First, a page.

On October 13, 2014, the ERCOT Board finally passed a rule change – known as Nodal Protocol Revision Request 611 – that does exactly what Sierra Club suggested in its comments. Rather than trying to come up with one number for wind’s peak demand capacity, the new approach averages the amount of wind in coastal counties during the top 20 peak hours, and the average amount of wind in non-coastal wind during the top 20 peak hours, and applies that average number for existing and future wind projects. Thus, actual data is used to create two averages, which are then applied both to existing and planned wind electricity projects. Those numbers will also be updated every six months as more data become available.
The big reason for two averages, as some readers may already know, is that wind in the coastal area of Texas has a much different profile than areas away from the coast, such as West Texas.
You Fixed A Number. So What?
Here’s an example of what this might mean. If we take the last three years of ERCOT wind data, the majority of wind would have been valued at 10.3% based on a three-year average. But as time goes on, the data indicate it is likely the value will improve because newer wind turbines tend to have higher capacity factors. Moreover, along the coast, the capacity values are much more impressive at peak demand because wind continues to blow during hot summer days – in fact, sometimes the capacity is even better. Thus, the three-year top 20-hour values would generate a value of 55.6% for wind projects in the coastal counties.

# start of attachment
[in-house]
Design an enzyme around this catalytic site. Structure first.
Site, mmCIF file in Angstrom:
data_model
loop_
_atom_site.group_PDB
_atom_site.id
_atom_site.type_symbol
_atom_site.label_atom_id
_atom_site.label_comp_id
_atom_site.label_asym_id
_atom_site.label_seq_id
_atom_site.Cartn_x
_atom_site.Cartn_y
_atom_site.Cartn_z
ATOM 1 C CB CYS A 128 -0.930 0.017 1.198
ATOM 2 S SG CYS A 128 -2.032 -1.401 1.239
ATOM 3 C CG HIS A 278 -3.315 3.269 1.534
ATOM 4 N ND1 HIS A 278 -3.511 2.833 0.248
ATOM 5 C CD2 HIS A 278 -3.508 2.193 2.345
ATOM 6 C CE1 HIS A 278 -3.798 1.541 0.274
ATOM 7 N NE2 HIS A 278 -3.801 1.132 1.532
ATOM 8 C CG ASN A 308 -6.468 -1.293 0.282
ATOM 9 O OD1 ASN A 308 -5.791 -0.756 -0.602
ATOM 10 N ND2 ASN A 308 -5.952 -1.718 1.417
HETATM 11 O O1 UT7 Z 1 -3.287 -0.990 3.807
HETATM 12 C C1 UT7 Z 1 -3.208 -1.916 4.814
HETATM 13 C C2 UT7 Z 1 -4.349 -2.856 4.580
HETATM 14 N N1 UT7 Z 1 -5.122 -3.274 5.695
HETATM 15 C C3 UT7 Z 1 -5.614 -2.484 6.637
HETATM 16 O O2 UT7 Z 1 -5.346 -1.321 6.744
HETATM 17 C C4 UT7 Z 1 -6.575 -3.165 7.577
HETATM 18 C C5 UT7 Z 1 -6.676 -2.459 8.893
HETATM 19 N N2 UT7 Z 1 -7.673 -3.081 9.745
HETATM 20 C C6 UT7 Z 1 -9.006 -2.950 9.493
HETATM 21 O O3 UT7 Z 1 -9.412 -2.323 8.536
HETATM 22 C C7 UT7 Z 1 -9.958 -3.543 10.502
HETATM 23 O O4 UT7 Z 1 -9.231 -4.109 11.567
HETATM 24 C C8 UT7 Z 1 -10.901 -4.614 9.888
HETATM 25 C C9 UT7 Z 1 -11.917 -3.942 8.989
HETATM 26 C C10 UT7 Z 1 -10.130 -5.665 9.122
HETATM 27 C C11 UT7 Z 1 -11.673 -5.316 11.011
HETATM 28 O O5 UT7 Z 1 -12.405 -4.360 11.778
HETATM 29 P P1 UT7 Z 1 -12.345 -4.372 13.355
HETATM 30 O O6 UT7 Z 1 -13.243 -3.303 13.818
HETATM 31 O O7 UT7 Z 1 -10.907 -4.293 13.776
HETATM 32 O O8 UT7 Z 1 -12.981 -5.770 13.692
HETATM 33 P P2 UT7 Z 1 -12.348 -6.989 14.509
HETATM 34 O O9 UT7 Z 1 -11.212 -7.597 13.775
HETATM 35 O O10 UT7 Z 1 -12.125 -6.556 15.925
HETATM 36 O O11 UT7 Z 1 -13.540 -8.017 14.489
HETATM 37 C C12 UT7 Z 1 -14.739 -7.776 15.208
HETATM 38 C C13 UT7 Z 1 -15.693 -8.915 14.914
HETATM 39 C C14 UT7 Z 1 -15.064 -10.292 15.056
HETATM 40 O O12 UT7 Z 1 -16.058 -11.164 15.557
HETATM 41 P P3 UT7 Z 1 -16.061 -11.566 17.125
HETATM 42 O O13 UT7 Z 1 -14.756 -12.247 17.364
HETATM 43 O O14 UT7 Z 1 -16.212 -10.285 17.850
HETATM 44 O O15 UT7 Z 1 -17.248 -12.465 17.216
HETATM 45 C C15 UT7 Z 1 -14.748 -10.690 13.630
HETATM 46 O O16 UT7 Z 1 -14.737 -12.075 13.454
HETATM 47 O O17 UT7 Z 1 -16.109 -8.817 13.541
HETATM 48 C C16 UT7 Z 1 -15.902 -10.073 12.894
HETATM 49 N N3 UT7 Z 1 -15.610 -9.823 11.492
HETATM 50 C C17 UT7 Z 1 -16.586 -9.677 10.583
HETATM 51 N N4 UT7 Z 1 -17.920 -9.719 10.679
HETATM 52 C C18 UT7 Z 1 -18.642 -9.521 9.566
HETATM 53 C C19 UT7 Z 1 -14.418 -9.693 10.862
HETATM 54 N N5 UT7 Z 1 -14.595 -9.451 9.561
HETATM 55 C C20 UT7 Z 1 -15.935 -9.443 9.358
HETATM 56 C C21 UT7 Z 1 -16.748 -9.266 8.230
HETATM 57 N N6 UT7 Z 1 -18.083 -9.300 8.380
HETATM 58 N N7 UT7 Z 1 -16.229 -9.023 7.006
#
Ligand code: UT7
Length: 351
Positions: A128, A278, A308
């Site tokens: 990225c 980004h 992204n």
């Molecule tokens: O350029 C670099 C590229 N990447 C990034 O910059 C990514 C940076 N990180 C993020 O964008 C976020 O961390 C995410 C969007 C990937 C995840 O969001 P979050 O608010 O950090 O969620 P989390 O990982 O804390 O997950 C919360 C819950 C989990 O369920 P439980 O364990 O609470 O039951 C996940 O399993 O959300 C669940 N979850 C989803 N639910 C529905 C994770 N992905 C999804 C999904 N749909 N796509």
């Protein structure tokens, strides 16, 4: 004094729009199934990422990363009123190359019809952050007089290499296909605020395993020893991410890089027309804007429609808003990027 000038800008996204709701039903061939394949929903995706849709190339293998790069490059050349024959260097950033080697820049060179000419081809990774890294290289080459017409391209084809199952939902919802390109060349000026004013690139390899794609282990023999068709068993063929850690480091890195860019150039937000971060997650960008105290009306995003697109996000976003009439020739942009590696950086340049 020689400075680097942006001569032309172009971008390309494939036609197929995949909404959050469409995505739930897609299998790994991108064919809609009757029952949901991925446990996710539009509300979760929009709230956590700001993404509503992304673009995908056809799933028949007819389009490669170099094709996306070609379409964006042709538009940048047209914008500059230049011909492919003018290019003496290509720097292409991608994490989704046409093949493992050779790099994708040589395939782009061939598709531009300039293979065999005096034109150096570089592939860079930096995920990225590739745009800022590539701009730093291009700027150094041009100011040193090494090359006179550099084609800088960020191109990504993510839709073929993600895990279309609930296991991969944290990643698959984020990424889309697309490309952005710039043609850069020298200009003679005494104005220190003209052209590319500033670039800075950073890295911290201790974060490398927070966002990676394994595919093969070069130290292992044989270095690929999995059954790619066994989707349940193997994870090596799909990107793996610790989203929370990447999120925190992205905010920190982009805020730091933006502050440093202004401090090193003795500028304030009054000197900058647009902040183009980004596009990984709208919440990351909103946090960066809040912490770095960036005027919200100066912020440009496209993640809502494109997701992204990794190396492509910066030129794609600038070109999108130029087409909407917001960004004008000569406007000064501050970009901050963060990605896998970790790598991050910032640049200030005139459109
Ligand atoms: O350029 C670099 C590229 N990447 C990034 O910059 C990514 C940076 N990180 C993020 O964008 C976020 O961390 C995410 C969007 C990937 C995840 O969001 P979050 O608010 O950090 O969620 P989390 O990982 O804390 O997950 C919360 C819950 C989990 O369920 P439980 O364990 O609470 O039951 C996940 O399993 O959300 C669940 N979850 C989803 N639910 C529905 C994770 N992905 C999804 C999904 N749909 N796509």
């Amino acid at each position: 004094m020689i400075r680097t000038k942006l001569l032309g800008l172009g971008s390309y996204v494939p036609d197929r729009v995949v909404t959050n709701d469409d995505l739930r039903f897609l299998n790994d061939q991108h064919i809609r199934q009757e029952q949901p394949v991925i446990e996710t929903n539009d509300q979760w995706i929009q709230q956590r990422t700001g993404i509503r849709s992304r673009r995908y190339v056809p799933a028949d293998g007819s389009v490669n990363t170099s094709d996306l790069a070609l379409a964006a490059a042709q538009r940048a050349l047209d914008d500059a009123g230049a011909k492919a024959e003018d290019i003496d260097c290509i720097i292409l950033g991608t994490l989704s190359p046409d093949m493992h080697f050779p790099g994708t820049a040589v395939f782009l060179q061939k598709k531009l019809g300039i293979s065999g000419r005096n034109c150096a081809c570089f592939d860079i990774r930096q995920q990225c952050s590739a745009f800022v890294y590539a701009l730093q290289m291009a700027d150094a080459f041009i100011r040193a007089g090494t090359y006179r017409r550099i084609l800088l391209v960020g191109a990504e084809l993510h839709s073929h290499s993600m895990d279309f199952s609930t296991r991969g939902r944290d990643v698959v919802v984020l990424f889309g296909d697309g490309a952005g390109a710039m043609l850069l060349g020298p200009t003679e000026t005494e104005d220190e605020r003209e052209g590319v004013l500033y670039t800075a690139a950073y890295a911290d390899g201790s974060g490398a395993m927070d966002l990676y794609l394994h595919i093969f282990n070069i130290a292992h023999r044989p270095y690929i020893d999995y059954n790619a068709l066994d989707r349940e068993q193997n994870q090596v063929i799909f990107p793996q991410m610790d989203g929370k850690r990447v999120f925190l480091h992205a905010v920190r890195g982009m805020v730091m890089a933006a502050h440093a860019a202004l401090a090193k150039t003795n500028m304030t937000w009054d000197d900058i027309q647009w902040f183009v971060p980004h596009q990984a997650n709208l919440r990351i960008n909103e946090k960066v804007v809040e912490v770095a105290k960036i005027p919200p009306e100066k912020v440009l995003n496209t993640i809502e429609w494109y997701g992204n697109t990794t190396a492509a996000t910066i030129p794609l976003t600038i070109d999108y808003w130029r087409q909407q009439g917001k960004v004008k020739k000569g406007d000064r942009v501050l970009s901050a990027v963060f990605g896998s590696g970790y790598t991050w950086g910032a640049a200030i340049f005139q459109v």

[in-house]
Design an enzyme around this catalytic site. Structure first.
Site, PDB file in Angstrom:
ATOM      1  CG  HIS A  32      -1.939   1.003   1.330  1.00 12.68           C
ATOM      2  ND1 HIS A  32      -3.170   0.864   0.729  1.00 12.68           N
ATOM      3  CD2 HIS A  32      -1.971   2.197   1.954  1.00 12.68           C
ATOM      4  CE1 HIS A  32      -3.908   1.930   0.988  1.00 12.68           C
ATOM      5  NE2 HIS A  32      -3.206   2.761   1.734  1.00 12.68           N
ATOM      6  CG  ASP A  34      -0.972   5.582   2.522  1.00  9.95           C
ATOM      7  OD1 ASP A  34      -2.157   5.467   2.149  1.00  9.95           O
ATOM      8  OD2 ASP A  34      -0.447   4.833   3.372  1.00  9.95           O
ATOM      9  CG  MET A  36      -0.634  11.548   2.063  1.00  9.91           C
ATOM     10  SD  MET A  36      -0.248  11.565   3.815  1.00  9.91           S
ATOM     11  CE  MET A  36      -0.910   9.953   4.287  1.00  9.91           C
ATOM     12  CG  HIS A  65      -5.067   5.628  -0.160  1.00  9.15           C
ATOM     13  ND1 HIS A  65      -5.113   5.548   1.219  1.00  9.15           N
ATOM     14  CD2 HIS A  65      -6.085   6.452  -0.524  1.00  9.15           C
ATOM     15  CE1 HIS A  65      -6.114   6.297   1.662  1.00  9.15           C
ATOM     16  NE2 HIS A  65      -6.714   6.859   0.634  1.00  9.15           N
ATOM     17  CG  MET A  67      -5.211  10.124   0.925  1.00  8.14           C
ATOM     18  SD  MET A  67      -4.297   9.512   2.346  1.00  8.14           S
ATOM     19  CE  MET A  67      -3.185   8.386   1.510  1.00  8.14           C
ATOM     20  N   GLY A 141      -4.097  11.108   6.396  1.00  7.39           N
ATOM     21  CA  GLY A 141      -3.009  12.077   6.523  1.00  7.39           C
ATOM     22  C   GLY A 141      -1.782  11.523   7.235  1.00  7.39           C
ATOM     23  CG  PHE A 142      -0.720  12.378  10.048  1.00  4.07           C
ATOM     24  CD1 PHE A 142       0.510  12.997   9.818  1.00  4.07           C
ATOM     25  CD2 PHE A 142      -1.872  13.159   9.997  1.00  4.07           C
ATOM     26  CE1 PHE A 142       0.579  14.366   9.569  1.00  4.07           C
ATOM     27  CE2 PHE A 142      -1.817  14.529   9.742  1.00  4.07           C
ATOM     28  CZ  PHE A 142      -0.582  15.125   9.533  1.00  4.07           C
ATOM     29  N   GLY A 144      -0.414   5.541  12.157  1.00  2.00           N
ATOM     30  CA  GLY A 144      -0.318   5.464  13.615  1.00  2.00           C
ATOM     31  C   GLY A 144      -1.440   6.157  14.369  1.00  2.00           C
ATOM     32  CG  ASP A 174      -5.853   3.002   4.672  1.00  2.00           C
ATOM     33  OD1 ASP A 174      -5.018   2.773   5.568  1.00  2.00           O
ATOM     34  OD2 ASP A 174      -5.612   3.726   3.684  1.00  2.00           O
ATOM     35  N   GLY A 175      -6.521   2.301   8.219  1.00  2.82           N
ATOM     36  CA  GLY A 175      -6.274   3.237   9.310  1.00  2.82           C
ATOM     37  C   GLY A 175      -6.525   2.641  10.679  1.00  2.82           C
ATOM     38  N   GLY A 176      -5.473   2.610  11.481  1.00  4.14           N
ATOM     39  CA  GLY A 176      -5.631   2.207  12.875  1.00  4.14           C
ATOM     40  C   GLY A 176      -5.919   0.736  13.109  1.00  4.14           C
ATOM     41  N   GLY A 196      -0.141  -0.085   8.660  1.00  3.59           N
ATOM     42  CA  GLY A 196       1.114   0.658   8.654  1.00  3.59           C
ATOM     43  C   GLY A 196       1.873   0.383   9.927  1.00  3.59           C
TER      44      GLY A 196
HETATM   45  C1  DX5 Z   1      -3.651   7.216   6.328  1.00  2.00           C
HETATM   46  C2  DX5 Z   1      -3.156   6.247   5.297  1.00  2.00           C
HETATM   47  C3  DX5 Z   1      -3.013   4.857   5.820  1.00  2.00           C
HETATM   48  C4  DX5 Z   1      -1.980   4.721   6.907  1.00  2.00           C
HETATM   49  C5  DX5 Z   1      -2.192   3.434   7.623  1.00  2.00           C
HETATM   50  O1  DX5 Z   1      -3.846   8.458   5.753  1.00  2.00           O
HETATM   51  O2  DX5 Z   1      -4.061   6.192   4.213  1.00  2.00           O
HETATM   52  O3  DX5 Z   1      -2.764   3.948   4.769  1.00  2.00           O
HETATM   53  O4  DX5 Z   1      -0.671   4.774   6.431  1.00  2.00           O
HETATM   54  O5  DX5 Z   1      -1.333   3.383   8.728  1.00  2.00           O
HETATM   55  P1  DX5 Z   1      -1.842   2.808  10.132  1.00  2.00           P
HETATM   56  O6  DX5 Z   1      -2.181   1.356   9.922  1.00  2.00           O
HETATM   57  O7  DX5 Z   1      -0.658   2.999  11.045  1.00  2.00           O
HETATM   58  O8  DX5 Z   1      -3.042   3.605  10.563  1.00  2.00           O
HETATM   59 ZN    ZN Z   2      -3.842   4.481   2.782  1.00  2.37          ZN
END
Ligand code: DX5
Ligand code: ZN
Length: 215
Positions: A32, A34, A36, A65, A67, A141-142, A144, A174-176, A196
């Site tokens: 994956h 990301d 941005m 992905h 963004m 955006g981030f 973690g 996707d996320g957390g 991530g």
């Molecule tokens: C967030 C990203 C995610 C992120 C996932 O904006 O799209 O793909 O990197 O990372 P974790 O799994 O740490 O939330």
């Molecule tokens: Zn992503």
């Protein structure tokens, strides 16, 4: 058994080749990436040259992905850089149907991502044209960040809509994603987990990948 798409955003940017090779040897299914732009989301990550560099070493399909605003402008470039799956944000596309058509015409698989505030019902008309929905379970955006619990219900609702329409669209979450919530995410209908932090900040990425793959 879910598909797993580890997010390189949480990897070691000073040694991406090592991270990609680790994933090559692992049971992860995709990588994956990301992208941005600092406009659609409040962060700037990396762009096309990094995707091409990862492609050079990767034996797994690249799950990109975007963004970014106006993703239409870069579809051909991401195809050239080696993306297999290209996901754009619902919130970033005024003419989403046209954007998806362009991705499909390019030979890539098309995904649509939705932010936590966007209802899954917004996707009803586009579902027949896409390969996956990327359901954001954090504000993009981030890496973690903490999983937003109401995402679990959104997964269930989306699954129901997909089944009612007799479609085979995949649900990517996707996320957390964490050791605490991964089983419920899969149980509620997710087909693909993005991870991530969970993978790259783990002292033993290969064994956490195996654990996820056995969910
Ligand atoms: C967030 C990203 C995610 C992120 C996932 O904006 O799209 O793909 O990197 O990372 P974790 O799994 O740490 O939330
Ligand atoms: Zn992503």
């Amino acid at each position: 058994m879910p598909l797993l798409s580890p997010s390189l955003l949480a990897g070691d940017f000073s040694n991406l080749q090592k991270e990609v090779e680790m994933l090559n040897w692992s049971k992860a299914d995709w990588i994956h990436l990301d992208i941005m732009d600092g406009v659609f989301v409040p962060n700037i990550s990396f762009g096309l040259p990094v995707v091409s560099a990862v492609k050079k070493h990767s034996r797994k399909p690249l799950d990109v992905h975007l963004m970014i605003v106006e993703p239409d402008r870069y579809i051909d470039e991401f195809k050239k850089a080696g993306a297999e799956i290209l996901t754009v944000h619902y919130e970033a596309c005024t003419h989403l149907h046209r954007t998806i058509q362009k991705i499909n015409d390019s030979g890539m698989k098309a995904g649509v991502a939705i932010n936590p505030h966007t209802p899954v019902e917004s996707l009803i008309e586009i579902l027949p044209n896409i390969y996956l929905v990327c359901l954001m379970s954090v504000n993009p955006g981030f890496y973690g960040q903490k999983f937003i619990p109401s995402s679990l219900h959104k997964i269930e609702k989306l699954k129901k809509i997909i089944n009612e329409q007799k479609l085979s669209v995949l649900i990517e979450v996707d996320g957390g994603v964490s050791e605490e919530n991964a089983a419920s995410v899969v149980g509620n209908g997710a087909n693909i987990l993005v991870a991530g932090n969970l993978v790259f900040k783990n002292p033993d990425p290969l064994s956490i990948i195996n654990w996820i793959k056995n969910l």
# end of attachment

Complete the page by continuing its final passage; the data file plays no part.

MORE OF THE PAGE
Overall, averaging both the coastal and non-coastal counties, this new methodology would have raised wind’s carrying capacity from 8.75% to 16.3%, nearly doubling the assumptions of wind’s peak capacity value. Because wind projects are continuing to be built both along the coast and in North and West Texas, these updated and more accurate estimates should more or less double the expected contribution of power from wind in the CDRs.
Let’s break it down even more. If the latest CDR, released in early 2014, used the up to date 16.3% carrying capacity of wind, (in line with the numbers presented at the recent ERCOT meeting) an additional 1,452 MW of capacity would be estimated to be added to the Texas market by 2018, therefore moving the reserve margin in 2018 from 13.4% to 15.5%. It may not sound like much out of context, but this is huge! Major investment and incentive decisions in new power plants are heavily influenced by the margin of reserves the state estimates it has. ERCOT’s current reserve margin target is 13.75%. So we essentially cross over from inadequate to adequate reserves in 2018.
Thus, by more accurately representing wind’s capacity at peak electricity use, Texans and investors in Texas will be able to see more clearly what future resources might be needed. In essence, simply by using a more accurate figure for wind capacity, Texas just gained an improvement in its reserve margin by some 2%.
Way To Go Wind!
Table 1. How Total Wind Capacity Value Might Change for Current and Future Wind Projects Under New ERCOT-Approved Rules
Table 2. How Coastal vs. Non-Coastal Wind Capacity Values Might Change for Current and Future Wind Projects Under New ERCOT-Approved Rules
Table 3. How Increasing the Wind Capacity Value in ERCOT’s CDR Changes Resource Adequacy
For more information about this analysis, visit: The Sierra Club | Lone Star Chapter